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Atomic Rooster - Atomic Roooster CD (album) cover

ATOMIC ROOOSTER

Atomic Rooster

 

Heavy Prog

3.59 | 140 ratings

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Easy Livin
Special Collaborator
Honorary Collaborator / Retired Admin
3 stars A goood start

Atomic Rooster's almost eponymous first album (the extra "o" in Roooster is deliberate), was released in 1970. The band evolved from The Crazy World of Arthur Brown, with both Vincent Crane and Carl Palmer leaving that band together to form the new group. The line up was completed by bassist/vocalist Nick Graham. Graham, who joined the band as a result of auditioning, would turn out to be the band's only bassist in their entire career, Crane using his keyboards to fill that role after the first album.

The first album is rather different to what was to follow, and it largely reflects Crane's mental state at the time. Indeed, the track "Banstead" refers to the mental institution Crane found himself in after a nervous breakdown while touring with Arthur Brown. Graham's fine flute work on tracks such as the beautifully melancholy "Winter" is similar to Peter Gabriel's early playing with Genesis, while his vocals are more reminiscent of early Barclay James Harvest.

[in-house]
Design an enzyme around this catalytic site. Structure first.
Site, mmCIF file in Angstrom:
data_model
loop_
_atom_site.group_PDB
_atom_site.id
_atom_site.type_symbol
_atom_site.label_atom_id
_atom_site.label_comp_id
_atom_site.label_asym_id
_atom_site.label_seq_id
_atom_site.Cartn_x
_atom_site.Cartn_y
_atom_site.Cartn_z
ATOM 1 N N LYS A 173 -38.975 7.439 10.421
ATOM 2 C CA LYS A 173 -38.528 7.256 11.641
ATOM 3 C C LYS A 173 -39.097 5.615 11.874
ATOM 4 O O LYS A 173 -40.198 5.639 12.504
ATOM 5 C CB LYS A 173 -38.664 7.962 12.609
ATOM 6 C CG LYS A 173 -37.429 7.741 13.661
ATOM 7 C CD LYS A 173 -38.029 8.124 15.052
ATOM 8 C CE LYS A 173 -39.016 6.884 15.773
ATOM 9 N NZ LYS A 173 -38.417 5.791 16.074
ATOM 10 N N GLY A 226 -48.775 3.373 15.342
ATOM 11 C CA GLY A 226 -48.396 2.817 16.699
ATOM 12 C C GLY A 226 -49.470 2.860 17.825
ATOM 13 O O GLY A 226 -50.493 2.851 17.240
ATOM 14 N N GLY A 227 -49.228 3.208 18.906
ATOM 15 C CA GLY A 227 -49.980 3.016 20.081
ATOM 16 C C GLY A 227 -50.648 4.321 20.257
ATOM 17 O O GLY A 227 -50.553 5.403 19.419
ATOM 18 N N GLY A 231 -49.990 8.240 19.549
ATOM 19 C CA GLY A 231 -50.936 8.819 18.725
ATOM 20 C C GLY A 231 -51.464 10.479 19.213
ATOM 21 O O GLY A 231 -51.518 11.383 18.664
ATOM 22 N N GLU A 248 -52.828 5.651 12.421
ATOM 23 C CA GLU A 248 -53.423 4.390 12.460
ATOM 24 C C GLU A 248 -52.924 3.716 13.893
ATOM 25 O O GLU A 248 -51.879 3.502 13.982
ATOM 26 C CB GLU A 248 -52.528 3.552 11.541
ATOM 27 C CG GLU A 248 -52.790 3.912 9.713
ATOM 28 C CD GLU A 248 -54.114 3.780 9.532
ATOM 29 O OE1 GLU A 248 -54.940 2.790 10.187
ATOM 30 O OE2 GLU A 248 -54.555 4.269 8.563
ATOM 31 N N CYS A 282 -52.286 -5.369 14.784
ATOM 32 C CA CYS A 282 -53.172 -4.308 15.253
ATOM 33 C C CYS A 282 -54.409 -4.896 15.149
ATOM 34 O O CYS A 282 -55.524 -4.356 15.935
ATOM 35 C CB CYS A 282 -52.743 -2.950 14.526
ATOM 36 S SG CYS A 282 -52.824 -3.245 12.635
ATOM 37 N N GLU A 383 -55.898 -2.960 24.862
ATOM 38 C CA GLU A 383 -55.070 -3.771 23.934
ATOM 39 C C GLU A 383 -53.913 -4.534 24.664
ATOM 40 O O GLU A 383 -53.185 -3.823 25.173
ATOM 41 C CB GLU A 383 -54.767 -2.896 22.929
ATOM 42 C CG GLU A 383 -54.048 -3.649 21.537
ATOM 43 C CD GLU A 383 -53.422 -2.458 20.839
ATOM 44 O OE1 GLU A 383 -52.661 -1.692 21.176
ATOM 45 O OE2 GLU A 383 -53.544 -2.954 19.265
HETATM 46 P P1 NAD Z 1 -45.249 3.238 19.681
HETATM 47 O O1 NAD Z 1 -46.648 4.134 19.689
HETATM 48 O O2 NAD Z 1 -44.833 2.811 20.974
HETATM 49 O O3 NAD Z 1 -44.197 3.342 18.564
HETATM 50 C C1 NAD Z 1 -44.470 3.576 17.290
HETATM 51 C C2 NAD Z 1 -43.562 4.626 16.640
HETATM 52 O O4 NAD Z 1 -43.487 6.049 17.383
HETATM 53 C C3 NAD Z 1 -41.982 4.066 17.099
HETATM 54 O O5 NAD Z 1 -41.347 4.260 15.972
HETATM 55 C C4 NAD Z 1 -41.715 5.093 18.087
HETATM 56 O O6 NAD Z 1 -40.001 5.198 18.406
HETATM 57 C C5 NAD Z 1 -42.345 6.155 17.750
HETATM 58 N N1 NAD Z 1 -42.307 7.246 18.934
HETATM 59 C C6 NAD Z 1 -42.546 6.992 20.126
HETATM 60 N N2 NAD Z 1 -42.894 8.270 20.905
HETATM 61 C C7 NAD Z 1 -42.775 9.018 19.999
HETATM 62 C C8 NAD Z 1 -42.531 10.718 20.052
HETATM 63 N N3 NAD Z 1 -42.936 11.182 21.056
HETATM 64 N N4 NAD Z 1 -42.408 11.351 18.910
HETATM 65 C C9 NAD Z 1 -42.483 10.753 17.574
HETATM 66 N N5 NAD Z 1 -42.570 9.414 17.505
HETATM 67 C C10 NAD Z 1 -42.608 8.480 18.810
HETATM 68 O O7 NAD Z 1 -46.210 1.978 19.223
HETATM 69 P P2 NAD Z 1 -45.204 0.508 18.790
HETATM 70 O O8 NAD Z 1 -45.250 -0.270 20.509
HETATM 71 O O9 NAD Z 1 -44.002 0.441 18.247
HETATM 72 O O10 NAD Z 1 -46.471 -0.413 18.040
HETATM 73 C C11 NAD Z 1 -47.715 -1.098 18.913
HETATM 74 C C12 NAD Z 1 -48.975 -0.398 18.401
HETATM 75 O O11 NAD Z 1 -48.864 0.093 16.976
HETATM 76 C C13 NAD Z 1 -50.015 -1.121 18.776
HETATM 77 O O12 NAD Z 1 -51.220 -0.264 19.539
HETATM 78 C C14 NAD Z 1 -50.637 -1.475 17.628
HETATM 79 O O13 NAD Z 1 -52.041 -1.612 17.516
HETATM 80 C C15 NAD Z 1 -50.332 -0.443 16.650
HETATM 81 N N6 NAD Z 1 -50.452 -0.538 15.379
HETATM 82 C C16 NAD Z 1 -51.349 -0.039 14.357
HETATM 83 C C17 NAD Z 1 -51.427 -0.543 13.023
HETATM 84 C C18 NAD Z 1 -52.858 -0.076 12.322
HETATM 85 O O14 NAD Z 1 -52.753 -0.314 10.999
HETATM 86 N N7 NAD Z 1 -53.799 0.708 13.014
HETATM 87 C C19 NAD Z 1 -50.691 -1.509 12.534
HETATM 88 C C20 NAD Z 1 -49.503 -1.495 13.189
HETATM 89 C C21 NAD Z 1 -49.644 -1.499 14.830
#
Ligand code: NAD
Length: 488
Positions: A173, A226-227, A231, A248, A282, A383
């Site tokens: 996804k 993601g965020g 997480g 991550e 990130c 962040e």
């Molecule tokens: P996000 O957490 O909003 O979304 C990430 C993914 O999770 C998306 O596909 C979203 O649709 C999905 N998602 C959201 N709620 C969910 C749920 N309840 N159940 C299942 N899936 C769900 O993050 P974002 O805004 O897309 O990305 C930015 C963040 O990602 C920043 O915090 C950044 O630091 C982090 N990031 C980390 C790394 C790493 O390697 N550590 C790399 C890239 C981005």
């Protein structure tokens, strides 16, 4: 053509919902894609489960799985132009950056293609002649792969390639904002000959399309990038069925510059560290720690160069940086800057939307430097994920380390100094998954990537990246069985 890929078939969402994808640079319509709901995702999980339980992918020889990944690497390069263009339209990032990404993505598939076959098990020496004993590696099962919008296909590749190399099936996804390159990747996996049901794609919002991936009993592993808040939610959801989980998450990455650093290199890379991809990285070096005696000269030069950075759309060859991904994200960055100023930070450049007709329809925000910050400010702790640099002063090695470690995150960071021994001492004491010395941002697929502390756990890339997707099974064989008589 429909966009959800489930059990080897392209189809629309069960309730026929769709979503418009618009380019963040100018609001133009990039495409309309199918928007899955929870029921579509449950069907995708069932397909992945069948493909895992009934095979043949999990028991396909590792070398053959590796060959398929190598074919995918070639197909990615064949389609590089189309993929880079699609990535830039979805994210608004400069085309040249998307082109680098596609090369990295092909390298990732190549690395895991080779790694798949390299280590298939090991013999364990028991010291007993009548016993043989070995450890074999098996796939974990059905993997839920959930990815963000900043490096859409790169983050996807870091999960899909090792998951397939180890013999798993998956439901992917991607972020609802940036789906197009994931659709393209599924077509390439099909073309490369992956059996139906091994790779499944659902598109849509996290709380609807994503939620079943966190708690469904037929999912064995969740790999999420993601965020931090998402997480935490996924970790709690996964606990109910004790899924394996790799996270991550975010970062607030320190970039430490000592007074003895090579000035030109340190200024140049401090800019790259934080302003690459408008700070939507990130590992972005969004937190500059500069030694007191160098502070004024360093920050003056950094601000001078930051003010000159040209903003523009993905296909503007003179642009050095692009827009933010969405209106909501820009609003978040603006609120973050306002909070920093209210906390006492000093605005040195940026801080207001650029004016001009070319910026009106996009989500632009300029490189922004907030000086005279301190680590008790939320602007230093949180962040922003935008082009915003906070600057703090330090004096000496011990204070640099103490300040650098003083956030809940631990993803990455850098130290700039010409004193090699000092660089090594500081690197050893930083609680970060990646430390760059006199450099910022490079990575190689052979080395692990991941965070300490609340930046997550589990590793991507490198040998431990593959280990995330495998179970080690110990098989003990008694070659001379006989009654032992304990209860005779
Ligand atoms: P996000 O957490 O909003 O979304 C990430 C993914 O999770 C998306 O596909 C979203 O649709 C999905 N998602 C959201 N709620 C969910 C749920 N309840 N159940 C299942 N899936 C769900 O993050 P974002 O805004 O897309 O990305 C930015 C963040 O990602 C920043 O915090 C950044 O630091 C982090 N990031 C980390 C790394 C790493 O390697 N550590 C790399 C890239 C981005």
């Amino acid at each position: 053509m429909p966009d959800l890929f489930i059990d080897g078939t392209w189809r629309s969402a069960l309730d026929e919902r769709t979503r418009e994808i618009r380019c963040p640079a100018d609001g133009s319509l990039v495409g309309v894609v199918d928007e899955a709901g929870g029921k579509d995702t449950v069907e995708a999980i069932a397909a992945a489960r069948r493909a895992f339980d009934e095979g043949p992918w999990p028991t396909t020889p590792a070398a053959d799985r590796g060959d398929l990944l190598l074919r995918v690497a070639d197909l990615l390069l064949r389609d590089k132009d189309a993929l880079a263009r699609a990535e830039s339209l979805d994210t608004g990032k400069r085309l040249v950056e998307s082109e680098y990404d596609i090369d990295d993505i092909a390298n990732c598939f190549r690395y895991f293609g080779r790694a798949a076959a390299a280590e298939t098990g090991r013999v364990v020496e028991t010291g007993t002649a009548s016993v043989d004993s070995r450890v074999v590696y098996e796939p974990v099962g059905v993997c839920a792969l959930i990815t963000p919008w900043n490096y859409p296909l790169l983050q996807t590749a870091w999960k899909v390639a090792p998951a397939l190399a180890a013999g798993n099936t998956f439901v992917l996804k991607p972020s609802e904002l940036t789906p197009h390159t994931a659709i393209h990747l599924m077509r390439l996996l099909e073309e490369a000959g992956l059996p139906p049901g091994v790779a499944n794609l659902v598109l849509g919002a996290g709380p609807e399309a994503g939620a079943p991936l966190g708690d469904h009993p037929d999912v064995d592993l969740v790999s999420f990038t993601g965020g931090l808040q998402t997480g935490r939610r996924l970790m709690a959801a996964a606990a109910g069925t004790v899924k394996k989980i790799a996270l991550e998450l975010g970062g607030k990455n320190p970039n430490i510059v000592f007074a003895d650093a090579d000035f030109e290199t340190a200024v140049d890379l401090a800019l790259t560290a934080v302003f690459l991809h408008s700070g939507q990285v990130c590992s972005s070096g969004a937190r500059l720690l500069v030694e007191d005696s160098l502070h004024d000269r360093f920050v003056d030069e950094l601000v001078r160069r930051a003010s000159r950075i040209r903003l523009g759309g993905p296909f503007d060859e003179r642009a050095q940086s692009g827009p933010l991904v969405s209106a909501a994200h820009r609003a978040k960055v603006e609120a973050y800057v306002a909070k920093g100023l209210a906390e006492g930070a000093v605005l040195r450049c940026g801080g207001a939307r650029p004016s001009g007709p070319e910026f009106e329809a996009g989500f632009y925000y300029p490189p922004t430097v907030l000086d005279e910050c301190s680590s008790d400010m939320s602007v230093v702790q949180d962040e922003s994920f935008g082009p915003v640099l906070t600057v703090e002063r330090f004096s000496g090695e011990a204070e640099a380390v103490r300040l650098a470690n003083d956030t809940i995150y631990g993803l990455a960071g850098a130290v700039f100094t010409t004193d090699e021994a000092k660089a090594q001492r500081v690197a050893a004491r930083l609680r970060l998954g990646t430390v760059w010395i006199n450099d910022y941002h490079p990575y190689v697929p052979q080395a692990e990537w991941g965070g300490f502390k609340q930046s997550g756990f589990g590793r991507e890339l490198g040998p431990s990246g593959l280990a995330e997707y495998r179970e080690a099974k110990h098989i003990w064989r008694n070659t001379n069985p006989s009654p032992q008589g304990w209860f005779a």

"Broken wings" is the first Rooster track to feature a brass arrangement, the band giving this blues number a radical overall. The contrast in the vocal style between this song and "Winter" is interesting, perhaps indicating an ongoing search for a direction. There are surprisingly few truly upbeat songs, the opening "Friday 13th" being one of the notable exceptions. The song is very much of its time, now sounding decidedly rough around the edges. Crane adds some excellent Hammond organ though. "Decline and fall" is Palmer's opportunity to take centre stage, even including an unnecessary drum solo.

Overall, this is a credible first album, although in reality every album was pretty much a first album, such was the turmoil in the line up. Those who are seeking the band which made "In hearing of" and "Death walks behind you" though should be a little wary. This album is quite different.

Easy Livin | 3/5 |

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